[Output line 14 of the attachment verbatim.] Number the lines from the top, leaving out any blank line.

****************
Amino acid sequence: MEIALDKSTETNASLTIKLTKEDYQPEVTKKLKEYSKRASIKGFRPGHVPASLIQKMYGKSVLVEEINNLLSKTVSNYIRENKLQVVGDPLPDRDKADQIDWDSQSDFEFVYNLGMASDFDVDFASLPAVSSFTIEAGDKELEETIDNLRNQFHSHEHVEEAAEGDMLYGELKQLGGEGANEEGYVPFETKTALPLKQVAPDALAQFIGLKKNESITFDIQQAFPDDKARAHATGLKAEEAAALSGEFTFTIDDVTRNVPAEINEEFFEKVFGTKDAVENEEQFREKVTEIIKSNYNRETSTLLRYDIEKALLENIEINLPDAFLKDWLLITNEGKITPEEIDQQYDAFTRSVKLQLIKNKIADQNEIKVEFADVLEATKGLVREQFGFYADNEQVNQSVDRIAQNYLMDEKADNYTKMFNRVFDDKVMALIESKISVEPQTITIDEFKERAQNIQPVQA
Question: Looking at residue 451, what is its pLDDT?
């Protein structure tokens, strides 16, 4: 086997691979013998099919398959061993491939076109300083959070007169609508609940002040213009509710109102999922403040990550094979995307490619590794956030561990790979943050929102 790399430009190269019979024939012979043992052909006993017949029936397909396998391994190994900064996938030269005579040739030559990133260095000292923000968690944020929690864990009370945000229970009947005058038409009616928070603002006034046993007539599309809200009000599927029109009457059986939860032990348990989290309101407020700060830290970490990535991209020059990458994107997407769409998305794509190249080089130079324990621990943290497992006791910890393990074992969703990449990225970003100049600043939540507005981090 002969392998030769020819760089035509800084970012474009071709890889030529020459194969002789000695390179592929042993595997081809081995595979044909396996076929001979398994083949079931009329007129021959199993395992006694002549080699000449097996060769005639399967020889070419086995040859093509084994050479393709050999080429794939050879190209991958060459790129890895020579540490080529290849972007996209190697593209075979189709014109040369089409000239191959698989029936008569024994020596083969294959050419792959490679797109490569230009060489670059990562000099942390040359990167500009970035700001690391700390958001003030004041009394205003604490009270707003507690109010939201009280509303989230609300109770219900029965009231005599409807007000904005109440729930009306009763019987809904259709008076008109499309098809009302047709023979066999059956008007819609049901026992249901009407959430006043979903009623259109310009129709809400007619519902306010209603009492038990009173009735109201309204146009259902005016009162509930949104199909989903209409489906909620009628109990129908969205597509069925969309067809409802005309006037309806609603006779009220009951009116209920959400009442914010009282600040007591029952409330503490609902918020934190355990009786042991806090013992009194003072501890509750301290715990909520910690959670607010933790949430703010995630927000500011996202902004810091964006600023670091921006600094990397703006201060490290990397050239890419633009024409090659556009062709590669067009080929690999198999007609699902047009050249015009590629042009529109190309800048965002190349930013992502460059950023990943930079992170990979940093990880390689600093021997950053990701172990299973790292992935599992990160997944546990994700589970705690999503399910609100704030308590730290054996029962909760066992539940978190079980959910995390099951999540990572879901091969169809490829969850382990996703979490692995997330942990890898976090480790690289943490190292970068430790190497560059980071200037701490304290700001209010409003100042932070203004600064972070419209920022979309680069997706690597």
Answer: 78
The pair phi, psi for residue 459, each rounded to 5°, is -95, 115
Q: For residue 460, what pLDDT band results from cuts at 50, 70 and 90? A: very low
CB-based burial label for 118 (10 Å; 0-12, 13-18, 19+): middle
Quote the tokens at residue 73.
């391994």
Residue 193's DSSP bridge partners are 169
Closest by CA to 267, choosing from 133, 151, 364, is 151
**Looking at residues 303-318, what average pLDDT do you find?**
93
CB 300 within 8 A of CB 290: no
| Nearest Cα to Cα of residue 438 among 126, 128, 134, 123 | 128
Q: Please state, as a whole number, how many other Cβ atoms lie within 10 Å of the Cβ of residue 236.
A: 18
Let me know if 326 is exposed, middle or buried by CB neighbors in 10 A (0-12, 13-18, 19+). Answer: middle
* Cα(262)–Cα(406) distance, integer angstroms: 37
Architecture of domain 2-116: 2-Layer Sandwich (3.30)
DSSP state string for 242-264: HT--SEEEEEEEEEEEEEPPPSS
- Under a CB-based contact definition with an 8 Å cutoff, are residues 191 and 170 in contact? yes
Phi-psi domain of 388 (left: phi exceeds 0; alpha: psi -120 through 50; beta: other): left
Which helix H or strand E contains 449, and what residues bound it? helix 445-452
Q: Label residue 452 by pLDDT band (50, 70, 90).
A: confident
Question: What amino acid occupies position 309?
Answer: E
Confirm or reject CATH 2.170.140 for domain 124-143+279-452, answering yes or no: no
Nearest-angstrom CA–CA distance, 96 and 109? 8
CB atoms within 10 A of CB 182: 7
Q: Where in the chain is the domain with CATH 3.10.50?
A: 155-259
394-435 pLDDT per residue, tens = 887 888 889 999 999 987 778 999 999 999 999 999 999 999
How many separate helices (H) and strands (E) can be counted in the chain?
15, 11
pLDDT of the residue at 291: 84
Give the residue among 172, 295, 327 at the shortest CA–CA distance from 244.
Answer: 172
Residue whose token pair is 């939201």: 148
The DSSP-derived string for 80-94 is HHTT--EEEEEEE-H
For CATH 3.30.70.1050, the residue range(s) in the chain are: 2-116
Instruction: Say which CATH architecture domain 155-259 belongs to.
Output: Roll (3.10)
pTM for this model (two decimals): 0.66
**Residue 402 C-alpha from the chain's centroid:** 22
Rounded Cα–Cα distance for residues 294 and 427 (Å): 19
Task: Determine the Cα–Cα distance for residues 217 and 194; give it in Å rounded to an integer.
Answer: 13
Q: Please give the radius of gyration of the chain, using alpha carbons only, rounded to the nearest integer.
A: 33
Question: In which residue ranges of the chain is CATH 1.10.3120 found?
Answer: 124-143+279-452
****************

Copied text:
CB 300 within 8 A of CB 290: no